Foundation fund

The Adult Survivors Act looks set to pass through the Assembly

ALBANY—As the Adult Survivors Act appears poised to pass the Assembly before the end of the state legislative session, activists continue to debate whether legislation is the best way to respond to the needs of victims of sexual abuse.

The bill, designed after the Child Victims Act, would allocate a one-year look-back window for survivors to file civil lawsuits against their abusers or the institutions that protect them. It has already passed unanimously twice in the State Senate.

After the Child Victims Act went into effect, survivors struggled to find legal representation, said Gary Greenberg, founder of Protect NY Kids, because attorneys often did not take cases without a rich defendant.

He said he was adamantly opposed to the Adult Surviving Act as it is currently drafted. Instead, he would prefer the legislature to pass a legal fund similar to the one that has been proposed for child sex abuse survivors who have struggled to find lawyers.

A bill addressing the issue has been introduced by State Senator James Gaughran, D-Long Island. If passed, it would change state tax laws to allow corporations to direct their tax refunds to the Foundation’s Fund for Child Victims.

As activists celebrated the announcement that there are enough votes to pass – first reported by NY1 – Greenberg said the legislation would create all the problems that the Child Victims Act created for survivors seeking a remedy.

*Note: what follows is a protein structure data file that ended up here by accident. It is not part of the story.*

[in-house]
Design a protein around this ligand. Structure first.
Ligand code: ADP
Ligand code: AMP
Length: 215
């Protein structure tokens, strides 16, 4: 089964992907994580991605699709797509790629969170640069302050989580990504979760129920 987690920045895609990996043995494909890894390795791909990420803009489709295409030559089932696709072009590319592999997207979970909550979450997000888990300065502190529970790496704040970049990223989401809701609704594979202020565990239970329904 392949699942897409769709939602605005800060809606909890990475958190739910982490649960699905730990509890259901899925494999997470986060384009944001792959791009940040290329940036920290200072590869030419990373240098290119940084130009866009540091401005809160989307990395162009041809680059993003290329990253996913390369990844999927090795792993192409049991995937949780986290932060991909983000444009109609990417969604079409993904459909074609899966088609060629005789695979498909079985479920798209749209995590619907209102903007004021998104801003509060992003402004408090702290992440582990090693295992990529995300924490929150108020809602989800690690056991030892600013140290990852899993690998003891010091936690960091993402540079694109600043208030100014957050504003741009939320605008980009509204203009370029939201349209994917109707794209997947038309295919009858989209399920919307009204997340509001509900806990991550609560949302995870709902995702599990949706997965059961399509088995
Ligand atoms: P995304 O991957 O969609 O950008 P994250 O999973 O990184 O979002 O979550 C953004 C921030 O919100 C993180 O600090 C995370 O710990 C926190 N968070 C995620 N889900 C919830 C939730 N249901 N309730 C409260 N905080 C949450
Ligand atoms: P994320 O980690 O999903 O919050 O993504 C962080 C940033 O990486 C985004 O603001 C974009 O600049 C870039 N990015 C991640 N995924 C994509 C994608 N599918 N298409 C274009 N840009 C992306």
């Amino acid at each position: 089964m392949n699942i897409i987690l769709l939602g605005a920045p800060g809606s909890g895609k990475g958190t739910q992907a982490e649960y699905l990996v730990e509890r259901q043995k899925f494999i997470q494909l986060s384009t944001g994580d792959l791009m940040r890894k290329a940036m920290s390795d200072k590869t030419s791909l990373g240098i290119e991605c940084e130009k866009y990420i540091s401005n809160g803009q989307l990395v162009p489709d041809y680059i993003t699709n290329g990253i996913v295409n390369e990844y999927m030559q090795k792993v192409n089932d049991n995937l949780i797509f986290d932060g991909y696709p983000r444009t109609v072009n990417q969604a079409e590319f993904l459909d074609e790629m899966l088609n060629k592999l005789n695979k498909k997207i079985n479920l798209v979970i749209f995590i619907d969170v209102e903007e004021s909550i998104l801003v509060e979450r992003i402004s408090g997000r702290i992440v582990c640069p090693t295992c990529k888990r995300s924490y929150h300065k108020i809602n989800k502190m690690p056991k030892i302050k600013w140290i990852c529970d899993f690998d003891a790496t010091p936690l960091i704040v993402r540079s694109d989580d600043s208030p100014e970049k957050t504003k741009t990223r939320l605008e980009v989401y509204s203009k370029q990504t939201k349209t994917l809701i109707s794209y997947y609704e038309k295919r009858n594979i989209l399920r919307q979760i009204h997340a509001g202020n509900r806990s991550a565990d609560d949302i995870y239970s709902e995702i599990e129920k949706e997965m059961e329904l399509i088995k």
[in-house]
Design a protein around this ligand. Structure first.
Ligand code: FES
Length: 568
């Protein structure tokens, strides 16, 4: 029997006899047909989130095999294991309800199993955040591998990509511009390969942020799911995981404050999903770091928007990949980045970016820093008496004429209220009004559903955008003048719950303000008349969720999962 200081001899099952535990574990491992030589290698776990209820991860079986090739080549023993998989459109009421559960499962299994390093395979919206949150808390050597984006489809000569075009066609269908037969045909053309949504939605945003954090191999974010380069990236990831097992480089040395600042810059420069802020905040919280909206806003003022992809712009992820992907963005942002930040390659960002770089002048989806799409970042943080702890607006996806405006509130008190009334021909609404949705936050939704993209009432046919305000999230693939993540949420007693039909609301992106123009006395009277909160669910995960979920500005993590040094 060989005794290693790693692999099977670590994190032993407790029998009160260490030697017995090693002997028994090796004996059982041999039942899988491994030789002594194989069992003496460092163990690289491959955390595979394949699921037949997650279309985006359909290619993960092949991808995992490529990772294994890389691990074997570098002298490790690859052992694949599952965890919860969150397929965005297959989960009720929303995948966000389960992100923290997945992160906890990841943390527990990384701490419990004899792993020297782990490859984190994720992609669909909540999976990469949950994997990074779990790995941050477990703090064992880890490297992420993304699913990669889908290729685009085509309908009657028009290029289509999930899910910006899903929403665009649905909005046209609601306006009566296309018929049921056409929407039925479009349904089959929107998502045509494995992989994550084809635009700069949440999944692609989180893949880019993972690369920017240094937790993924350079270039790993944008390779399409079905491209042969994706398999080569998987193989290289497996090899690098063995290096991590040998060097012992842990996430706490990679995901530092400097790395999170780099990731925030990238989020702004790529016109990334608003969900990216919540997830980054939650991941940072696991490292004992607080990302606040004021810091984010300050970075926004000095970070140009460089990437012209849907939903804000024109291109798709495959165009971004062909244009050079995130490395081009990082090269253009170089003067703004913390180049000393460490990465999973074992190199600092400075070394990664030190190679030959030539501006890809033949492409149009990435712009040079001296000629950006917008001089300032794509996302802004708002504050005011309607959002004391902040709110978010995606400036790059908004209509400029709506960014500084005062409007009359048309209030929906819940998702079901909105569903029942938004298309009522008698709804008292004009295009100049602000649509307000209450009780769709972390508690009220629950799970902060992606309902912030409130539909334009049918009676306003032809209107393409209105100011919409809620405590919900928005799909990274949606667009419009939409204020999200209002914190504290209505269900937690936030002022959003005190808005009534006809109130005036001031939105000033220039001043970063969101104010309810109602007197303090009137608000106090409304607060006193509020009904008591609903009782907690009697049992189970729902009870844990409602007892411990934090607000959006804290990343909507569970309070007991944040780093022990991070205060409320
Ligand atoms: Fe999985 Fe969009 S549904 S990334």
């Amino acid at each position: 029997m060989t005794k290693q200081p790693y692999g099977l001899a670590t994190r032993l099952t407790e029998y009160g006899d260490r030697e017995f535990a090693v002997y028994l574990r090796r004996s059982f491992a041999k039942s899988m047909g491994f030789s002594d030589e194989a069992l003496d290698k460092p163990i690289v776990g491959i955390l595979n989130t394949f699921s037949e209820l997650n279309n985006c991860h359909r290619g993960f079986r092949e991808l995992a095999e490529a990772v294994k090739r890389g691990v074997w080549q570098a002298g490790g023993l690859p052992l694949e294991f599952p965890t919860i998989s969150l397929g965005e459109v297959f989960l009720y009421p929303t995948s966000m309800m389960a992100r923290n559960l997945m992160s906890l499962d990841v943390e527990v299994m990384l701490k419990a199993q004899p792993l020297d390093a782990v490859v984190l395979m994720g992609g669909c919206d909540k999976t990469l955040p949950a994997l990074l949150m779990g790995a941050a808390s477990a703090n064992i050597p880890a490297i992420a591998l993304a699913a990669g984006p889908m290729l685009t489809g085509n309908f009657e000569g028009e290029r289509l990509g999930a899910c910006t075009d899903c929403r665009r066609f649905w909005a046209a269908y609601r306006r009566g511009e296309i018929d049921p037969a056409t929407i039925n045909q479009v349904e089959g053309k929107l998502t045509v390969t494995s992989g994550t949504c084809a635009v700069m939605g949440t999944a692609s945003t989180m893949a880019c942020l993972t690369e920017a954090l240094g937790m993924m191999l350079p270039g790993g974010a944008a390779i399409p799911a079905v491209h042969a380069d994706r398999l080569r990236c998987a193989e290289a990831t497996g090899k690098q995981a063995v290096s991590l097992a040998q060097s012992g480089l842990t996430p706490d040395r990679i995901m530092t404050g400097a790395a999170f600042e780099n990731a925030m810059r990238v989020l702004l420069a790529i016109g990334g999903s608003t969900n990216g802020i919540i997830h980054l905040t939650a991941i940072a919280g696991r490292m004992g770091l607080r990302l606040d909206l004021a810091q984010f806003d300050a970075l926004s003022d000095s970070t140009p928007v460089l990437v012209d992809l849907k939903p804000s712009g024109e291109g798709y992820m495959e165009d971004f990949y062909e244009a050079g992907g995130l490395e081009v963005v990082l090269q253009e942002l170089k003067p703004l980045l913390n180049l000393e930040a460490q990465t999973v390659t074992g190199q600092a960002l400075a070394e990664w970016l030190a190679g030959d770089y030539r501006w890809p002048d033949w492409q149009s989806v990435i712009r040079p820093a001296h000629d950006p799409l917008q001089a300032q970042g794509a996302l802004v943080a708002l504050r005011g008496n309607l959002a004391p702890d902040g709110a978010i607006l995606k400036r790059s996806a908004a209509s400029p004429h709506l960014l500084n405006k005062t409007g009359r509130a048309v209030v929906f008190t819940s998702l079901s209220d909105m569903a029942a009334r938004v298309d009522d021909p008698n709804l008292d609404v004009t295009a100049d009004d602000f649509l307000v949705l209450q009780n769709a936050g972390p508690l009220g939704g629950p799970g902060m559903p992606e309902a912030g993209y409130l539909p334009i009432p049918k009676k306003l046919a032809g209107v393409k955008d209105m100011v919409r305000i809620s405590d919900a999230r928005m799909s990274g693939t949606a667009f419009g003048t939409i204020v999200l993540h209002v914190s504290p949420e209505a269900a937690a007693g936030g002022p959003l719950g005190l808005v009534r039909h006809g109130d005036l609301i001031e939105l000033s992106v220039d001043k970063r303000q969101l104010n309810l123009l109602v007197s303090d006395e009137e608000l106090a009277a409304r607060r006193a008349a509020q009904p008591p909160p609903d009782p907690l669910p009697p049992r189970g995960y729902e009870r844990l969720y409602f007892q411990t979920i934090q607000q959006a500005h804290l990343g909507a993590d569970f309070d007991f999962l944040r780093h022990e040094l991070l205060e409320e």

“There are more victims who will soon discover that lawyers will not take their cases to ASA for the same reasons as CVA. The legislature prepares victims to be revictimized.

“Ultimately, tens of thousands of victims will be left at the door of justice.”

Asher Lovy, executive director of ZA’AKAH, an organization that connects survivors in the Orthodox Jewish community to services, said the experience of trying to get the Adult Survivors Act through the Legislative Assembly has been frustrating. , especially for those who have experienced first-hand abuse, but continue to push for the bill.

“I don’t think these lawmakers understand that every time you ask a survivor to tell their story, you take a piece of it,” he said.

Lovy pointed out that a number of high-profile cases await to be brought forward once the legislation becomes law, a fundamental part of the bill that Greenberg disagrees with.

“It would only help one class of survivors,” Greenberg said. “That’s the wrong message to send.”